• Metapex comes in a prefilled 2.2g syringe for easy delivery directly into the canal with the flexible plastic, ultra-fine Luer-lock needle tips included. (
  • The other pain (other than the root area) seems to be located in my jaw joint and radiates to my head, ear, and neck on the left side. (
  • Oral biomaterials research today is an exciting and intensive multidisciplinary area that encompasses contributions from a wide range of fields from professional dentistry to biology, chemistry, physics, material science, and engineering. (
  • You will realize how contemporary dentistry is about unifying synthetic materials to living tooth and bone tissues. (
  • Great to have sessions on recent material advancements in Dentistry! (
  • The objective of the study was to evaluate the radiographic technical quality of root canal fillings performed by under graduate dental students at College of dentistry, Aljouf University, Saudi Arabia. (
  • In dentistry (as composite named Resilon), it is used as a component of "night guards" (dental splints) and in root canal filling. (
  • Smart Materials in Dentistry. (
  • Despite advantages of increased contrast and the absence of artifacts from radiodense materials in MRI, comparable measures of sensitivity and specificity (to limited field-of-view CBCT imaging) suggest MRI quality improvements are needed, specifically in image acquisition and postprocessing parameters," wrote the authors led by Tyler Schuurmans, DDS, from the division of endodontics at the University of Minnesota School of Dentistry in Minneapolis. (
  • Over the next two years, the UCLA Dentistry team plan on carrying out further with their colleagues in other Departments, and hope to optimise this material in order to carry out clinical trials that could well lead to widespread use of this filler materials, resulting in smiles that really will sparkle! (
  • Accuracy of electronic apex locators to detect root canal perforations with inserted metallic posts: an ex vivo study. (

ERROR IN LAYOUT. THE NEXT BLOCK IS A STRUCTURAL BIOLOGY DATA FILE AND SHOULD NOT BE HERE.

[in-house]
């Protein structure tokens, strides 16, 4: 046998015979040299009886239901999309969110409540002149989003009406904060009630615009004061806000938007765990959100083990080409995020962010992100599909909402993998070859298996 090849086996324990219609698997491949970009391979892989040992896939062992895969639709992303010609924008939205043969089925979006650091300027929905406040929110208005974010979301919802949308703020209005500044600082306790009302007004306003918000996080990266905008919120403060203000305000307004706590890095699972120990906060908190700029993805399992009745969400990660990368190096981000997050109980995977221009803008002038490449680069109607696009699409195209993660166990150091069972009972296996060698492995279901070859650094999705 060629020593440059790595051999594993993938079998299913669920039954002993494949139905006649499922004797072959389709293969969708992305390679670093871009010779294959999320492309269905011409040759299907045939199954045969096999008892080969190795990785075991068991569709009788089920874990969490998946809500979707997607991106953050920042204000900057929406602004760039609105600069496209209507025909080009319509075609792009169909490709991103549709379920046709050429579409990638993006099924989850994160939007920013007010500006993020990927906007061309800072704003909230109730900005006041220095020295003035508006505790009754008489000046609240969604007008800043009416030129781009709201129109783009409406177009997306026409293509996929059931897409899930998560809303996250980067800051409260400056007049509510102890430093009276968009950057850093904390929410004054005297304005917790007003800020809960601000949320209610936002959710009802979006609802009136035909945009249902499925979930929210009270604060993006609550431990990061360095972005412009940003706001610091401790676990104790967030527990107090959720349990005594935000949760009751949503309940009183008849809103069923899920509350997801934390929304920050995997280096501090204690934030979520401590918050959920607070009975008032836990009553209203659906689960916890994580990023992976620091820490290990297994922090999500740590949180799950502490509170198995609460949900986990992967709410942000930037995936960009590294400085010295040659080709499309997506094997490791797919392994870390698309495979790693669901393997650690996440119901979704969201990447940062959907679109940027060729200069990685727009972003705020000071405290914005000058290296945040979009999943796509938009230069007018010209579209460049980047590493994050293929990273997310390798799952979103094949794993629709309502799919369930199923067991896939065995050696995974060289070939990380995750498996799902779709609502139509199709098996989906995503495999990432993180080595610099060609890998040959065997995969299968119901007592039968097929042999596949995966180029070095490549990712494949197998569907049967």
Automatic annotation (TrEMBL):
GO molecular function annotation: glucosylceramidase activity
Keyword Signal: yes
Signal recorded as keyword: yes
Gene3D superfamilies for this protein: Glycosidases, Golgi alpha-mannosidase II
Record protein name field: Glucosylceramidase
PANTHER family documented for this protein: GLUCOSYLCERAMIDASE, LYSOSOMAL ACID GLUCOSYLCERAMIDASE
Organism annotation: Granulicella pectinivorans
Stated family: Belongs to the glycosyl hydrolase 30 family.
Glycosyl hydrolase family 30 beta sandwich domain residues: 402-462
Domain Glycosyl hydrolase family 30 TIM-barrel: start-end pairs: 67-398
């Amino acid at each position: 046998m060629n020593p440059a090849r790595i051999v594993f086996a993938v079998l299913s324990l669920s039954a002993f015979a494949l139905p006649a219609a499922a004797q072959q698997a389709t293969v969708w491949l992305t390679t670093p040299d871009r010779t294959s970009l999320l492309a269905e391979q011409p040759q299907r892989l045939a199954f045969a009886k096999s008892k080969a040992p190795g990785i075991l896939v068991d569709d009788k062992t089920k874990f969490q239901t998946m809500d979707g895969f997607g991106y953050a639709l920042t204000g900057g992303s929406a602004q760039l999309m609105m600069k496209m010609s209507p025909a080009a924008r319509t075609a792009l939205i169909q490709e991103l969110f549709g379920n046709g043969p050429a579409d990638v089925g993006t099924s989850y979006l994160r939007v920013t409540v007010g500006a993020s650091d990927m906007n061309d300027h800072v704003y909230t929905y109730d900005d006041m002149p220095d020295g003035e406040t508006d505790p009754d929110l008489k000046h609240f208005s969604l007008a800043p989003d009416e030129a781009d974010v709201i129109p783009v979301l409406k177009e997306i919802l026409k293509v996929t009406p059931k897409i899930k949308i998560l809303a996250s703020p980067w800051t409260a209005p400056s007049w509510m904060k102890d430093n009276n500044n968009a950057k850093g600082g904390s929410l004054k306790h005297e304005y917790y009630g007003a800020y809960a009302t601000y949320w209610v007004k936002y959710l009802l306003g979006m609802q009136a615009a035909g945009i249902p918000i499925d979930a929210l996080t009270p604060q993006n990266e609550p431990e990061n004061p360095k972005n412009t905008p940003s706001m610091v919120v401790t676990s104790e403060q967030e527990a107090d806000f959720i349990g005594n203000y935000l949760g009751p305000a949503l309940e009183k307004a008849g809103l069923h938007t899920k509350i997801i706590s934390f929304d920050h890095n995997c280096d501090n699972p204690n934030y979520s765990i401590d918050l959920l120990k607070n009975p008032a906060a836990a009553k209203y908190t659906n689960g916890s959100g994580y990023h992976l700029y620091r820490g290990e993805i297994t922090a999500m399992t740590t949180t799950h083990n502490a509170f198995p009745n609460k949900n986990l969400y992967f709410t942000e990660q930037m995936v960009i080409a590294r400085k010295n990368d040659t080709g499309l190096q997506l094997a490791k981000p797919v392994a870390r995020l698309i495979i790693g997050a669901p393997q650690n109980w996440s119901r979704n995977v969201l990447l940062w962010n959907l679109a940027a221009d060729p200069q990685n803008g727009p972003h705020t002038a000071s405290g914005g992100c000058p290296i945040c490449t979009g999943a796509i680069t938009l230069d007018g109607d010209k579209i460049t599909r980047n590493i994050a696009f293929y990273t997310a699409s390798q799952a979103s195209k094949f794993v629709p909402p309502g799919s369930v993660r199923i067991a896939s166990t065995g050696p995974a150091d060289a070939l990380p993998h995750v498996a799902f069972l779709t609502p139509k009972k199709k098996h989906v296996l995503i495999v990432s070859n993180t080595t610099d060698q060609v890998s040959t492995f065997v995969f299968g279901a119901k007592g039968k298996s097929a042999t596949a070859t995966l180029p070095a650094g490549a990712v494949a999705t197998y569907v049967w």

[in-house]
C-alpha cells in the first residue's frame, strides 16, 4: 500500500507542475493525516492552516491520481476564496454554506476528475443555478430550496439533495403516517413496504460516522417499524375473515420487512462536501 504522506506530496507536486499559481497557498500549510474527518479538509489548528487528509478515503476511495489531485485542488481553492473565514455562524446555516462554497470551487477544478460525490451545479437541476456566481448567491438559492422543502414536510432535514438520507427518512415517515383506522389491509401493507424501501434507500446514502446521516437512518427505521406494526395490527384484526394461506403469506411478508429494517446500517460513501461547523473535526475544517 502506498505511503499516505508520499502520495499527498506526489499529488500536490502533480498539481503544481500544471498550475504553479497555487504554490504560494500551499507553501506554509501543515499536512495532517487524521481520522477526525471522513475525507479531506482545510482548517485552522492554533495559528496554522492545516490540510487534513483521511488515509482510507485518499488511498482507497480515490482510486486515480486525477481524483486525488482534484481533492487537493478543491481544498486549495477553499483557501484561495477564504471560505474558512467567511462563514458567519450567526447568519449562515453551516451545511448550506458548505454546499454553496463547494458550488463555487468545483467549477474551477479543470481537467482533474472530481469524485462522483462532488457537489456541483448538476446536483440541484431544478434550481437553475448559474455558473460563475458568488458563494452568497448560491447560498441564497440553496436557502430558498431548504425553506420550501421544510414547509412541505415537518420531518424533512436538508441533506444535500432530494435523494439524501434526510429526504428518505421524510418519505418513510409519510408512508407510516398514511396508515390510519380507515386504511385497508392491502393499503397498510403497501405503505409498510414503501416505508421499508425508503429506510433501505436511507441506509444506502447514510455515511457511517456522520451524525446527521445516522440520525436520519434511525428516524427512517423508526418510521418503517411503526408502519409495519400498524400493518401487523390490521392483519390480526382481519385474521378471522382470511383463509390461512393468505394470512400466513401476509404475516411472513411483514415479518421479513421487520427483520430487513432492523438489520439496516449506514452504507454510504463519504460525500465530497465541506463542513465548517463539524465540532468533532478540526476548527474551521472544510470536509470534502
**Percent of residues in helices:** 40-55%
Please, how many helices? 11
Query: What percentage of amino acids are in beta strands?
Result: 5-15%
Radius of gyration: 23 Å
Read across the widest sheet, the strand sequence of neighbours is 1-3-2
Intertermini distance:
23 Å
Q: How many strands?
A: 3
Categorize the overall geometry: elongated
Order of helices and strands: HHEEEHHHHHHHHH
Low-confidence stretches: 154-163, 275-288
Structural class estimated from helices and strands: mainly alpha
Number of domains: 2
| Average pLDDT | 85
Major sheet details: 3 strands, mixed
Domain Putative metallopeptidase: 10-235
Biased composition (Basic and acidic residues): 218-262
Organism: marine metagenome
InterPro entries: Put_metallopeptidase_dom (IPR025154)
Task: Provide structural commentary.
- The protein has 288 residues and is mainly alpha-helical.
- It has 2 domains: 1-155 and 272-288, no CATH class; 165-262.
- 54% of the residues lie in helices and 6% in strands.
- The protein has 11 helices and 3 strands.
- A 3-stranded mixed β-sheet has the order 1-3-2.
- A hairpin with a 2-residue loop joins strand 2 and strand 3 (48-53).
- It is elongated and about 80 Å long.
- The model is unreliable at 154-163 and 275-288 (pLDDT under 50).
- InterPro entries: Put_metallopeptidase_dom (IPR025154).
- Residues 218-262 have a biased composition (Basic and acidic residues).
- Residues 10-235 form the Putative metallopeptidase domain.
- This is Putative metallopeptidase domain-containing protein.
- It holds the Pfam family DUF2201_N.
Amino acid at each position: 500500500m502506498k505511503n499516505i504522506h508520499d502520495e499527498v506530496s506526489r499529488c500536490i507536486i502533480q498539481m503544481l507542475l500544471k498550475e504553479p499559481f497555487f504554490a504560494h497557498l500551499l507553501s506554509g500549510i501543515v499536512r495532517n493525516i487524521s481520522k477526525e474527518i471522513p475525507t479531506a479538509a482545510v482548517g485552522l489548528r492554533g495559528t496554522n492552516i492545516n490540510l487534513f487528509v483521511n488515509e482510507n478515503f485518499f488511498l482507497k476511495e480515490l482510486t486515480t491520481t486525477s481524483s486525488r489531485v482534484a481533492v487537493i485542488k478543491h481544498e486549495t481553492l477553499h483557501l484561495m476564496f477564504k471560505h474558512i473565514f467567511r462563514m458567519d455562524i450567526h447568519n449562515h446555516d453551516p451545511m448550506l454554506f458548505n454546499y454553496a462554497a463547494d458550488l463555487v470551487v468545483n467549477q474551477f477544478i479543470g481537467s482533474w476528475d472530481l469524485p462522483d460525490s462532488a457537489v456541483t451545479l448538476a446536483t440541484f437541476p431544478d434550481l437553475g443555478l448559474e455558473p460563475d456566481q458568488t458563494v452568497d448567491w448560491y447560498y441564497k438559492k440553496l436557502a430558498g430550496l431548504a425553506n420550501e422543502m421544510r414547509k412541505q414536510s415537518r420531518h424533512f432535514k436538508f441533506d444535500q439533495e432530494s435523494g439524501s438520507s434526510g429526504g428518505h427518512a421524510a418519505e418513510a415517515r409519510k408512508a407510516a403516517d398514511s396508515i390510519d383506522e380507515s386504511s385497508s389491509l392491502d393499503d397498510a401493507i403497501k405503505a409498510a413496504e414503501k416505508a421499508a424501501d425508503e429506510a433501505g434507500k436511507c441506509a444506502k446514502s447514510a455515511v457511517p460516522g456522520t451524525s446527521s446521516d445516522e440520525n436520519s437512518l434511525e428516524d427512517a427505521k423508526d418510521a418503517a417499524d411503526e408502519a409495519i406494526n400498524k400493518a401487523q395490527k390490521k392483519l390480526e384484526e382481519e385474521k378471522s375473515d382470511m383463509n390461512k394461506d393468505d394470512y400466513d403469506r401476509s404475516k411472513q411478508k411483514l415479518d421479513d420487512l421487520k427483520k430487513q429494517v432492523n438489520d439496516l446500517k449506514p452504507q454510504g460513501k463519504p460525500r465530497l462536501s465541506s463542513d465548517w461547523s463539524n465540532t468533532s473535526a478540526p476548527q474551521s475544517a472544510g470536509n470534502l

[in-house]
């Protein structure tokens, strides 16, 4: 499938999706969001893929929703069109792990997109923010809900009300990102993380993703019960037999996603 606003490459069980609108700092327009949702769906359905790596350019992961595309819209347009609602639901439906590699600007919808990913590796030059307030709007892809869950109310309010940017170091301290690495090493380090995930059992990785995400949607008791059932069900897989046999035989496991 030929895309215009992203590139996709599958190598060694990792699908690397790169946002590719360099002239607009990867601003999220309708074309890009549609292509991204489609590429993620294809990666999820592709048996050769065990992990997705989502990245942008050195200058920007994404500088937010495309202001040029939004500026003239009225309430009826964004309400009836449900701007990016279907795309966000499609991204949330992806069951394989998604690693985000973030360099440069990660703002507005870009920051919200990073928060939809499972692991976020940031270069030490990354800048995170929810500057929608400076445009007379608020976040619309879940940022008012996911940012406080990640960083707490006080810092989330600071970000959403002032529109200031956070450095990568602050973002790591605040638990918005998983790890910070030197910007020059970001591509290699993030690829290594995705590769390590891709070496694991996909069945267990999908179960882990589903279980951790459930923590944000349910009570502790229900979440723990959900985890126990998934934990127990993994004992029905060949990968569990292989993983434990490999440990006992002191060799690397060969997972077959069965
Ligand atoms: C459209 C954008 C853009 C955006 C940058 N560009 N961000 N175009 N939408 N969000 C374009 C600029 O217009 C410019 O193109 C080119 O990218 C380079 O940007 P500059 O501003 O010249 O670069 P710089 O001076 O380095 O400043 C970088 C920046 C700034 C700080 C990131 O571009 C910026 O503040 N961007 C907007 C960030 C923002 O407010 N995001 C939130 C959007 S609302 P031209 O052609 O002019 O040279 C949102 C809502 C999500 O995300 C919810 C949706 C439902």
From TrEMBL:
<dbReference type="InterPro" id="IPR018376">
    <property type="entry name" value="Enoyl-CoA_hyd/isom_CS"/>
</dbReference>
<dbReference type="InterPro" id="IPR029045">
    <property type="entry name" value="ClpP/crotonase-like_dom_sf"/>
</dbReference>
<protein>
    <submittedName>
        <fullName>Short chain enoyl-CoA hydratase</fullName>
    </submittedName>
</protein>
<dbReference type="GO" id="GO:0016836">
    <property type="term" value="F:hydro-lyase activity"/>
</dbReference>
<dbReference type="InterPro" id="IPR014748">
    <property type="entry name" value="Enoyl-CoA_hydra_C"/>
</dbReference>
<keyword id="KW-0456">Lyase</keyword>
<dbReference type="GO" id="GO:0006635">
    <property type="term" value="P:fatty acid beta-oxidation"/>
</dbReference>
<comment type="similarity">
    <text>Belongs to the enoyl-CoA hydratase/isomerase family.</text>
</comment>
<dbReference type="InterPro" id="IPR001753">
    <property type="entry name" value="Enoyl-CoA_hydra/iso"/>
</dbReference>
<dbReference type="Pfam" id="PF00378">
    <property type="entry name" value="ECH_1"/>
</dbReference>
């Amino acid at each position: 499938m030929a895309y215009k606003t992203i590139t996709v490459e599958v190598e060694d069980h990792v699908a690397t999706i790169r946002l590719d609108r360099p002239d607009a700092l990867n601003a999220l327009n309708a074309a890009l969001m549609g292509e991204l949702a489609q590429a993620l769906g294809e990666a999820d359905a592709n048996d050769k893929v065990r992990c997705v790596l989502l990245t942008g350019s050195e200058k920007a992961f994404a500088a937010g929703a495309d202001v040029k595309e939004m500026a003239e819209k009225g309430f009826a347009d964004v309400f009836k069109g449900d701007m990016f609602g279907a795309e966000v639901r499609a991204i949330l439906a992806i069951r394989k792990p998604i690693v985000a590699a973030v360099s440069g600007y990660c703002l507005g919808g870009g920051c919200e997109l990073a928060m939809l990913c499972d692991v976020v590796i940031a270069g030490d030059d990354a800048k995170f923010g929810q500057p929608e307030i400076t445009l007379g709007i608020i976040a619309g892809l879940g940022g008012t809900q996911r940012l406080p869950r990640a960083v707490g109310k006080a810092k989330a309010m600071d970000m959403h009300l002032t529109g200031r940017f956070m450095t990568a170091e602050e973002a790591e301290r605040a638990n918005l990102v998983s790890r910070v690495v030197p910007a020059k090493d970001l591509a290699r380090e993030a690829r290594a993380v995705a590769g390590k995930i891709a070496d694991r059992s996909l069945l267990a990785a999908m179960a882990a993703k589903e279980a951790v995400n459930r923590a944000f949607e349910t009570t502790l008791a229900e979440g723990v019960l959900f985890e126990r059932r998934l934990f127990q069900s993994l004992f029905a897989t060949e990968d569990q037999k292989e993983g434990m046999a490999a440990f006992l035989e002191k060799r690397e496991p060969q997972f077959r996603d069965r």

• Smear layer scores and percentage of open dentinal tubules (%ODT) were evaluated by 2 examiners before and after irrigation procedures, from the middle and apical thirds of the root canal, on scanning electron microscopic images. (
  • Conclusions Irrigation by agitation with the Sonicare CanalBrush improved root canal debridement in the coronal, middle and particularly the apical thirds of the root canal. (
  • Endodontically treated periapices seemed to be prone to the occurrence of anachoresis and there was no relationship between the phenomenon and the level of root canal filling. (
  • Secure and prepare the access for CMA into the coronal 2/3 of the canal. (
  • flares out the coronal part of the canal. (
  • The clinician should be able to mentally visualize the pulp spaces from the coronal aspect to the apical foramen and should always be aware of the common internal root morphology and the possible variations which might be encountered. (
  • A conductive coating composition comprises conductive filler powder dispersed in a solution of a thermoplastic resin or thermosetting resin, and it is useful for many purposes, for instance, as a paste for electric circuits, a conductive ink, a conductive adhesive or an electromagnetic wave shielding material. (
  • The method of treating a root canal in need of endodontic filling which comprises the steps of forming a mixture by thoroughly mixing, with each 1.5 grams a paste component, 5 to 6 drops of the liquid component. (
  • also which material paste or foam hydroxyapetite works best), but they are so expensive. (
  • The unique properties of biomaterials such as titanium (Ti), zirconia (ZrO2) and various polymeric materials have made them materials of choice in oral health: dental implants, oral and maxillofacial surgery, and even regenerative medicine. (
  • As duas técnicas avaliadas apresentaram desempenho similar na remoção do material obturador do canal radicular , considerando o dente como um todo ou os terços radiculares separadamente. (
  • Sabe-se que, muitos pacientes realizam esse tratamento, mas não têm condições de restaurar o dente imediatamente, aumentando o risco de falhas nesse período intermediário, pela penetração de bactérias ou fluídos bucais até o canal radicular. (
  • This macrostructure, first mentioned by Carabelli, was called radix entomolaris, which in general is smaller than mesial and distobuccal roots and can be separate from or partially fused with these other roots [ 6 ]. (
  • A critical summary of: Yengopal V, Michenautsch S. Resin-modified glass-ionomer cements versus resin-based materials as fissure sealants: a meta-analysis of clinical trials. (